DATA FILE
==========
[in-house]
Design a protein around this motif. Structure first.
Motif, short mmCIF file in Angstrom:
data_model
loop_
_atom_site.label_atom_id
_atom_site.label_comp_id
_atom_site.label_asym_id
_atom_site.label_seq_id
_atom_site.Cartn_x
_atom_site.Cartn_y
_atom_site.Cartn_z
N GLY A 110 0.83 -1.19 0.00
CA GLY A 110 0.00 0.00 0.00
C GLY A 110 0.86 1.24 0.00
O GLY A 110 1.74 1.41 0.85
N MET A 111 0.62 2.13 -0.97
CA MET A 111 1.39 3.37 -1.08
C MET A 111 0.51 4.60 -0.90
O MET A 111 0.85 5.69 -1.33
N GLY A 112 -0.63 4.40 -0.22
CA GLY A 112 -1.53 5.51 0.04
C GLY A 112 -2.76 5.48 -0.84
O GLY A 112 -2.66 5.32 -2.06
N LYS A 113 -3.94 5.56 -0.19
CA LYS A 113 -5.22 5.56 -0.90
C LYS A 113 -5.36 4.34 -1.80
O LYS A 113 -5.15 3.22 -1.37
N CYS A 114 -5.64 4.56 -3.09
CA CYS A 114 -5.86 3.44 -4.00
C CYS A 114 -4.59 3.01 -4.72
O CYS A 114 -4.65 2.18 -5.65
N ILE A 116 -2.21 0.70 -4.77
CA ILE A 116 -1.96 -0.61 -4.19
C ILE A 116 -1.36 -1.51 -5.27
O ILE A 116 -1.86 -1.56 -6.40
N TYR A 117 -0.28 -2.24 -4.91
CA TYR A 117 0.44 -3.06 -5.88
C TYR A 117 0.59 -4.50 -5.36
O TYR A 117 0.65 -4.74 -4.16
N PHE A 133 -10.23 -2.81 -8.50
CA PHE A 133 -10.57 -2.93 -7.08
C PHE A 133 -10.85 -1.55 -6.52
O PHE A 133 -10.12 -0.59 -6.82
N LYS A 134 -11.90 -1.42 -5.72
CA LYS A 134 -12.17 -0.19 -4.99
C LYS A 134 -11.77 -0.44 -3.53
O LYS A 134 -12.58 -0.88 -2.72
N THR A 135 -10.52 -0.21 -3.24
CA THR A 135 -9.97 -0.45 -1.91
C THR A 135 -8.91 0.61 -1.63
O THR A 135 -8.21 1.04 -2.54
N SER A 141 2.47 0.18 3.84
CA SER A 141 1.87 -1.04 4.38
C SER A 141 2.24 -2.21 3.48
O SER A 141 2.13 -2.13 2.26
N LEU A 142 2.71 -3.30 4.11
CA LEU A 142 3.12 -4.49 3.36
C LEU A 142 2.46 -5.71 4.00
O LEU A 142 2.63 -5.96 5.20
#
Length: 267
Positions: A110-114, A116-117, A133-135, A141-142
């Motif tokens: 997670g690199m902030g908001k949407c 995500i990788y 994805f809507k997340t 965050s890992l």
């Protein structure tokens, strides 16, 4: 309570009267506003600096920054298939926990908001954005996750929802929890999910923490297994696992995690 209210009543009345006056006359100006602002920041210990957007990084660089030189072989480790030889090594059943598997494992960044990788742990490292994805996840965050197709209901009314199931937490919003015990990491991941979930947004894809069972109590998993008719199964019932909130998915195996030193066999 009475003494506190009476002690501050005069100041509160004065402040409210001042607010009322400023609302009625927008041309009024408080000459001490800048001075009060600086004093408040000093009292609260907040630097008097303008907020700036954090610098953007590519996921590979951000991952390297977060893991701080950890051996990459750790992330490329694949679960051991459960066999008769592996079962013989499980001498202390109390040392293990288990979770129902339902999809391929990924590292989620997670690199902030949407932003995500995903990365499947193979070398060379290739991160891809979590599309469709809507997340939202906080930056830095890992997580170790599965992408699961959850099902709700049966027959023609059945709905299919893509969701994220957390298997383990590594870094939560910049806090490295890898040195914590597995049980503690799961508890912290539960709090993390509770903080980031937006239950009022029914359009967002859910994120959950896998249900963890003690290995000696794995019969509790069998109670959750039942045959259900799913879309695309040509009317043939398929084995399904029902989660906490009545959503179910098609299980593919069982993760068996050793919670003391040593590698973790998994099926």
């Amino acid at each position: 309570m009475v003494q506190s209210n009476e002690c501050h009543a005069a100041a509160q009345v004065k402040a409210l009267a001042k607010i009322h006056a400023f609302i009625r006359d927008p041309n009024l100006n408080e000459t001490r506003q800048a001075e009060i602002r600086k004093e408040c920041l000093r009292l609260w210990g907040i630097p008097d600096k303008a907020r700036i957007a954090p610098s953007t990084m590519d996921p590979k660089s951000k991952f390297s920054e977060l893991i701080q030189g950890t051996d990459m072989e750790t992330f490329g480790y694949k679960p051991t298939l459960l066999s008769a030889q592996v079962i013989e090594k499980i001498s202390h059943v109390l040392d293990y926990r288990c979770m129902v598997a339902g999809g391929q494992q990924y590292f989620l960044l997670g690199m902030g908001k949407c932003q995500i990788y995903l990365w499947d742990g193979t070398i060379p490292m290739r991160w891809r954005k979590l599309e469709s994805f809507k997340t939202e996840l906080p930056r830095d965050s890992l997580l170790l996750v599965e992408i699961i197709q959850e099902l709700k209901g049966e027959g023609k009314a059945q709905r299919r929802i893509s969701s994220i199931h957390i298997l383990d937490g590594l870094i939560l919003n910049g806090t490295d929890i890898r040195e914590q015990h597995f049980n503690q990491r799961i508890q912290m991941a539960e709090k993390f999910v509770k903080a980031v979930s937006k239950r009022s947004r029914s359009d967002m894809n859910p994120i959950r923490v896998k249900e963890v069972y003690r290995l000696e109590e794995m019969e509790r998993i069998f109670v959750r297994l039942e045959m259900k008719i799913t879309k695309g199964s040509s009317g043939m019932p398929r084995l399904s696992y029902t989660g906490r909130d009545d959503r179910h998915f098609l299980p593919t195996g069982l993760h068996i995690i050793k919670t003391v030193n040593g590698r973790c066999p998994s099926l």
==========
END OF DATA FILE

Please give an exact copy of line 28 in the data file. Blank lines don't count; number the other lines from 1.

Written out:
O LYS A 113 -5.15 3.22 -1.37